Toano is located in the southeast corner of the province of Reggio Emilia. It is situated on a beautiful and sunny panoramic hilltop, at an altitude of nearly 1000 m, that separates the Dolo and Secchia valleys and culminates with the famous church of Santa Maria di Castello.
The first confirmed reference to Toano can be found in a royal charter signed by King Berengar I, dated 6 November 907 in Pavia, that mentions the “Court of Toano”. In the 10th century, following the last barbarian invasions of the Hungarians, defences were raised, and fortifications were built around the parish church, and thus it became “an official member with a castle” under the dominion of Boniface of Canossa. In the first few decades of the 13th century it became a “free comune” under the jurisdiction of the municipality of Reggio Emilia.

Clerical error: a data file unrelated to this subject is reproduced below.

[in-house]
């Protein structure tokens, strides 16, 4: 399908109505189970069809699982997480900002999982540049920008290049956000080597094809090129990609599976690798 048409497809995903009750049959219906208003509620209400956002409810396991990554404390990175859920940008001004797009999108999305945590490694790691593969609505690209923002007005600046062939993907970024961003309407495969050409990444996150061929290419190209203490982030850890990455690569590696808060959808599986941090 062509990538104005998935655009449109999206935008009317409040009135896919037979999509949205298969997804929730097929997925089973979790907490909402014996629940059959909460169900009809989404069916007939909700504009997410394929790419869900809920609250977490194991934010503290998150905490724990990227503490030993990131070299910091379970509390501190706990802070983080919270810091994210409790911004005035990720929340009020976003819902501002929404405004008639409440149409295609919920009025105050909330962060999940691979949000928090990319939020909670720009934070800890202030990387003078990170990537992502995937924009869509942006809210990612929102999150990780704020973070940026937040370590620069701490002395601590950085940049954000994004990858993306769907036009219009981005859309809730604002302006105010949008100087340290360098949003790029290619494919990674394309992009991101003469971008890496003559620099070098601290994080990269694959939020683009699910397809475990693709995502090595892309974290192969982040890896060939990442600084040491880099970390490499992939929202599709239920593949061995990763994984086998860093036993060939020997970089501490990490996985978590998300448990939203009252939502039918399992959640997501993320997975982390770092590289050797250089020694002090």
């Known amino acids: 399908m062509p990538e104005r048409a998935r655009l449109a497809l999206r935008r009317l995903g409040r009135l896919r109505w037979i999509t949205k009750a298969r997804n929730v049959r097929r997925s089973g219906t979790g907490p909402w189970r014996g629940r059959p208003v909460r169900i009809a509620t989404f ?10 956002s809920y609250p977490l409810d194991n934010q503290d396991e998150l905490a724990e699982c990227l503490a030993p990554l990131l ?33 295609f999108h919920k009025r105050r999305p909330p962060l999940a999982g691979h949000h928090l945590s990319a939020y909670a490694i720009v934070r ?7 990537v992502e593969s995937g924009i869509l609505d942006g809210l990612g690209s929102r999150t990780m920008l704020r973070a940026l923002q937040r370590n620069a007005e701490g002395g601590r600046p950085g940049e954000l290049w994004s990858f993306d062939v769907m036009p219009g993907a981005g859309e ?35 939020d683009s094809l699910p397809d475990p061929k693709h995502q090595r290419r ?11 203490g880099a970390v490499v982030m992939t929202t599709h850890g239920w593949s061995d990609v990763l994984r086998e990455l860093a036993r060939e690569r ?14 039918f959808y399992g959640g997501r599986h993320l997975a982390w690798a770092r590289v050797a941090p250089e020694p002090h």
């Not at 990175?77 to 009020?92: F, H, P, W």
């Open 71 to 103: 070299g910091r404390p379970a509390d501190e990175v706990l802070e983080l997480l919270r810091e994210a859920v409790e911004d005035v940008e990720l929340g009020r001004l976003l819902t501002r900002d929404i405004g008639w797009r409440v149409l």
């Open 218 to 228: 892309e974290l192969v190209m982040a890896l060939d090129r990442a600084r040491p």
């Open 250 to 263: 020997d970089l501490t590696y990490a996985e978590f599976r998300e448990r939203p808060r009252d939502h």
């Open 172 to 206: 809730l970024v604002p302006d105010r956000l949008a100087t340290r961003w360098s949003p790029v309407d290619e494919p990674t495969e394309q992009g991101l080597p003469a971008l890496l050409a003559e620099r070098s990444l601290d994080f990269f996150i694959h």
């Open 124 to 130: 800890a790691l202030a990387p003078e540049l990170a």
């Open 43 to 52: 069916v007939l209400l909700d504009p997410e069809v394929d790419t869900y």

The castle was also influenced by the battle between the Guelphs from Modena and the Ghibellines from Reggio Emilia.
Up to 1427 it was dominated by the Fogliani and subsequently passed under the control of the Este. For eight years it was controlled by the Testi marquise and upon his death returned to the Ducal Chamber; the last feudatory was Guerra Coccopieri Torretta of Massa Carrara.
During World War II, Toano, together with the municipalities of Villa Minozzo, Prignano, Polinago, Frassinoro and Montefiorino, became part of the Partisan Republic of Montefiorino, which lasted for forty days.